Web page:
The town of Onamia, which celebrated its centennial 11 years ago, was established in large part because of its proximity to the Soo Line Railroad whose route stretched from western Minnesota to Duluth. This railway featured a depot near what is now downtown Onamia.
In the early 1990s, the Soo Line pulled its rails and eventually replaced it with what is known today as the Soo Line Trail – a bike, snowmobile and four-wheel trek.
The Soo Line depot building in Onamia was left standing, and to add to the festivities of the city’s 100th anniversary, volunteers decided to spiff the building up with a new paint job and some remodeling inside.
The original use of the newly renovated depot was as an information center for the town of Onamia and as a repository for local artifacts.
With many antique, Onamia-related items donated for show by local collector Bill Konze along with artwork of local artisans on display, the depot was a museum of sorts and a destination for locals and visitors alike.
Then, along came Eunice Boeringa with another vision for the use of this town icon.
Over a decade ago with impetus from the Initiative Foundation and a grant from its “Healthy Community Partnership” program, Boeringa and several volunteers from the Onamia area started campaigning for converting the depot into a town library.
The idea caught fire with many in the community who later were referred to as “Onamia Area Friends of the Library,” and on Sept. 15, from 1-3 p.m., the general public is invited to celebrate an open house in honor of the 10th anniversary of what has become the Onamia Depot Library.
Boeringa is quick to deflect the inspiration for the depot library away from herself and to praise the many who helped get this project off the ground. “Over 10 years ago, people in Onamia dreamed together, schemed together and worked diligently on this project, and the Onamia Depot Library was the result,” Boeringa said. “It was immensely satisfying to work with city, township and school leaders, as well as clubs and volunteers in order to see the dream become a reality.”
The mission statement of the Depot Library composed by their founders is “to promote the growth of library services in the Onamia Community. We believe that a library is an essential part of a healthy community, fostering lifelong learning, promoting early literacy and school readiness and developing work force capacity. We endeavor to provide convenient, free public library access to people of all ages abilities, cultures and means.”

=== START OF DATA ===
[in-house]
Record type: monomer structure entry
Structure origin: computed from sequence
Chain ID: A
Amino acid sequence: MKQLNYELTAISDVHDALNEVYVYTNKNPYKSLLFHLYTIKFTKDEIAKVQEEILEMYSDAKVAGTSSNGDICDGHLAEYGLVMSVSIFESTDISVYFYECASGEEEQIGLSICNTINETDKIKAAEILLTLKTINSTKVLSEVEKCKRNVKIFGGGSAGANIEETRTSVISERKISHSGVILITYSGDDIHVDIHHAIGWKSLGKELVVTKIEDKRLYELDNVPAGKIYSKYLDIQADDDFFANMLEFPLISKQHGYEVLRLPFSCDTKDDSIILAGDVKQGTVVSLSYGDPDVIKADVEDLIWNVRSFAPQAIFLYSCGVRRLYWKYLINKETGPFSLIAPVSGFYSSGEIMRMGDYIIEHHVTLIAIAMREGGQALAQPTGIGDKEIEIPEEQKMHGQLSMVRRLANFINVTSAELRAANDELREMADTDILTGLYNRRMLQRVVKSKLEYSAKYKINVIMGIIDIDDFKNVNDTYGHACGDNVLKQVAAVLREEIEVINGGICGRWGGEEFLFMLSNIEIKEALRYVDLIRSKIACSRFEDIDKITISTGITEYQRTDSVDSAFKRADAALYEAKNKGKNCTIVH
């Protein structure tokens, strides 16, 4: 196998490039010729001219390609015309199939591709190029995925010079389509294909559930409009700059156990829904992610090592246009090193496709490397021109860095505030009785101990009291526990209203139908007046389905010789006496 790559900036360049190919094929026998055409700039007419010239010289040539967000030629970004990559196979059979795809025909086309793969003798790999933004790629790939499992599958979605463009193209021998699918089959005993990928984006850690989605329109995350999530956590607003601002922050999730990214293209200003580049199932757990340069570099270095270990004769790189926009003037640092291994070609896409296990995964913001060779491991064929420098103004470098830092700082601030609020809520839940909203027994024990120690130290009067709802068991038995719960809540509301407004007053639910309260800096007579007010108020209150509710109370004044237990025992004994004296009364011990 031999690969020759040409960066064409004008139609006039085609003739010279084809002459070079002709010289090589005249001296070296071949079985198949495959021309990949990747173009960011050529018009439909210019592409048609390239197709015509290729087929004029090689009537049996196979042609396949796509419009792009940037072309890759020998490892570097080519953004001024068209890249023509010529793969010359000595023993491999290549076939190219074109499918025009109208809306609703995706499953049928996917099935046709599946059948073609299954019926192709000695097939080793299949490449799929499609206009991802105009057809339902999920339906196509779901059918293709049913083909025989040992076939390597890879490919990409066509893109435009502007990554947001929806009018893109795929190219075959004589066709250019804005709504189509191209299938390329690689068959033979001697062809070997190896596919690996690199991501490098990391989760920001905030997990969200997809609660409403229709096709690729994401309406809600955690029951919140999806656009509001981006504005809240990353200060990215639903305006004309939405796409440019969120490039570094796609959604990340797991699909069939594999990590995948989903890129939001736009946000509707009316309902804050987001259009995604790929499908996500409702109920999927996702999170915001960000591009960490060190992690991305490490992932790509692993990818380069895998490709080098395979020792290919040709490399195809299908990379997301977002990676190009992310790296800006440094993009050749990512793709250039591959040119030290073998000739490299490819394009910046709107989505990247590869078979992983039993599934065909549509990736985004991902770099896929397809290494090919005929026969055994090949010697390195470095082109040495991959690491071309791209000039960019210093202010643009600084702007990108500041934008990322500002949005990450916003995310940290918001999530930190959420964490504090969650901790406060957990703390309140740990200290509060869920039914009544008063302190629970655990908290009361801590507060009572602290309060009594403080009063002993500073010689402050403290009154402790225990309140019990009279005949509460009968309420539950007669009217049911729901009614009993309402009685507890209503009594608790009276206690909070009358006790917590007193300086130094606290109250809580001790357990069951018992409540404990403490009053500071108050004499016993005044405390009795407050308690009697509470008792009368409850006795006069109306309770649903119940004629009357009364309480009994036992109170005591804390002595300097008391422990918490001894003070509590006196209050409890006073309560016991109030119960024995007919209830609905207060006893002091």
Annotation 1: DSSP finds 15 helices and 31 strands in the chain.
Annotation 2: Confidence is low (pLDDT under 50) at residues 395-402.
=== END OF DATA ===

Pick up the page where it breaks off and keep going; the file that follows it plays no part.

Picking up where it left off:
Ask those who have frequented the library over the past decade and they will say the mission statement has been met in spades.
Sue Dominic, who has visited the library on a regular basis for years, speaks highly of this Onamia treasure, saying, “[The library] is not only a great place to check out books and movies, but it is a nice, quiet space to meet friends and neighbors.”
And just who have made use of this facility?
Last year (July 1, 2018 thru June 30, 2019) 3,967 people used the library, including 455 who took advantage of the library computers, 61 new library cardholders and 84 who visited Santa in early December. These figures do not included those who attended the various programs sponsored by the facility.
“We try to schedule at least one special event per month,” said Mary Jackson, who has been the libraries’ director the past four years.
Because the Onamia Depot Library is an independent outreach program affiliated with, but not a branch of, the East Central Library, they have to “find their own funding,” Jackson said. “We receive funds from surrounding townships, local organizations, donations from the public, fund raisers and from memorials.”
Jackson added that some of the programs they present are results of grants initiated by members of the library family of volunteers.
Boeringa held the position of Depot Library Director for the first six years before handing over the reigns to Jackson.
Jackson plans to retire from her post at the end of September, and just recently, Onamia local Margaret Willis has been hired as the new director.
“When we dream together and work together, we can do amazing things,” Boeringa said. “I wonder what else we should be dreaming?”
The Onamia Depot Library is currently open on Tuesdays from 12-4 p.m., Wednesdays from 10 a.m.-1 p.m., and Saturdays from 10 a.m. - 1 p.m.